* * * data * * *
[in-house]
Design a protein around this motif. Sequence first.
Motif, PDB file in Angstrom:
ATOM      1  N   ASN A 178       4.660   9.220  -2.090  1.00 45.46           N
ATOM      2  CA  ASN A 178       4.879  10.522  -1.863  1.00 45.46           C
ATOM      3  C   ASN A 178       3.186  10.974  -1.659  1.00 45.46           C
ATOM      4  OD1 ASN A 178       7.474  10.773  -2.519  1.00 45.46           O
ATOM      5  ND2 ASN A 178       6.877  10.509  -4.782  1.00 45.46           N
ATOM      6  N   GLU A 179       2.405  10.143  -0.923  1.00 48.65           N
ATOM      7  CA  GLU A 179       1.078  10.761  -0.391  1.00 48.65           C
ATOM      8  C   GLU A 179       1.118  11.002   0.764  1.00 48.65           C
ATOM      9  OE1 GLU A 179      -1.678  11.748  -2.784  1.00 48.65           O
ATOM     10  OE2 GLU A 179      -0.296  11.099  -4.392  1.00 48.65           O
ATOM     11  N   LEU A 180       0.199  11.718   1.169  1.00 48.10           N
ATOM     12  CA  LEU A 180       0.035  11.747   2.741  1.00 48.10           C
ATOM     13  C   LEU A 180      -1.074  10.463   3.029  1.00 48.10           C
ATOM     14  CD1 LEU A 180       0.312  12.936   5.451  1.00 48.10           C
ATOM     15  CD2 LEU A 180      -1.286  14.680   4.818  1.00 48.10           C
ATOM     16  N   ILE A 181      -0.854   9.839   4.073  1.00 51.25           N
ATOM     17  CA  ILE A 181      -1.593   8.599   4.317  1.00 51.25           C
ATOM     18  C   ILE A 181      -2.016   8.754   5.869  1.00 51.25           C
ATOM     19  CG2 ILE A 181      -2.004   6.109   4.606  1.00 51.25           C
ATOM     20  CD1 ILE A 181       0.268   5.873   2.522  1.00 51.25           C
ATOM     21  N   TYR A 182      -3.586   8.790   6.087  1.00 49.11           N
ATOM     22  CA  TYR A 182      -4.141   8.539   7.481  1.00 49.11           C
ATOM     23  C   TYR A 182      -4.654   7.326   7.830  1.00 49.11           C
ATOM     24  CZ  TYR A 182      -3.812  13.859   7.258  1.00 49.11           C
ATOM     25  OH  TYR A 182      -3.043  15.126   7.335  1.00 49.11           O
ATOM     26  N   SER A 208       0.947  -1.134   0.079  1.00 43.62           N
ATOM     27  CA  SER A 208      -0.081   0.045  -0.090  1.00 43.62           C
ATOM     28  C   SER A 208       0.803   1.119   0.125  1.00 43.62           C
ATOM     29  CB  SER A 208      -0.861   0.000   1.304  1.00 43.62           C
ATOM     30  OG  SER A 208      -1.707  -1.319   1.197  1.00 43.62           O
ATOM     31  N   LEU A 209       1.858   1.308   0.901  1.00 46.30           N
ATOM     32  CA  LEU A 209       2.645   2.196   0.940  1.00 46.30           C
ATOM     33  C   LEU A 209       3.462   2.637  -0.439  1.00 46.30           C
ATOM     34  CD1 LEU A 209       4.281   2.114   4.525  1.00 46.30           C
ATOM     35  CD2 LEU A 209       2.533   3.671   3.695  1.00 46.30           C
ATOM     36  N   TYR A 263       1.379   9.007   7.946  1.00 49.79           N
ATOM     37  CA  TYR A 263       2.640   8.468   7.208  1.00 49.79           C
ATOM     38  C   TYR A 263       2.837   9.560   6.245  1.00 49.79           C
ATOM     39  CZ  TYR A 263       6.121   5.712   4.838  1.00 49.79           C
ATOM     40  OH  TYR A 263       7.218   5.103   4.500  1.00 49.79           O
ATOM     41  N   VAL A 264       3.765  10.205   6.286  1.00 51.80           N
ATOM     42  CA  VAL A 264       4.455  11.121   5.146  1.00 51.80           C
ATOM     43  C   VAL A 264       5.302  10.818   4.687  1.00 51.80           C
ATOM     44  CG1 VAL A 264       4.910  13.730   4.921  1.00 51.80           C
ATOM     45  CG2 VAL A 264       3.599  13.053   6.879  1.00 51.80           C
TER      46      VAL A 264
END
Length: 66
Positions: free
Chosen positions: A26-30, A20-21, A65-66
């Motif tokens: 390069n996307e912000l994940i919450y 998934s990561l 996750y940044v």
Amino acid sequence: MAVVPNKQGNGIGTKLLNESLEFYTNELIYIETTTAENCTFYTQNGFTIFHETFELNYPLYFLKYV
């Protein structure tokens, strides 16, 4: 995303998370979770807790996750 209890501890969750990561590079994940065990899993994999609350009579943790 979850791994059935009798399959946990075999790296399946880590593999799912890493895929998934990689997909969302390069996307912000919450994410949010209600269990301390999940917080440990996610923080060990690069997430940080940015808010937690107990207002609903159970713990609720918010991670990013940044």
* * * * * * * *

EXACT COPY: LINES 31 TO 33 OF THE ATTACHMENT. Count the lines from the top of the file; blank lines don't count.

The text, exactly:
ATOM     28  C   SER A 208       0.803   1.119   0.125  1.00 43.62           C
ATOM     29  CB  SER A 208      -0.861   0.000   1.304  1.00 43.62           C
ATOM     30  OG  SER A 208      -1.707  -1.319   1.197  1.00 43.62           O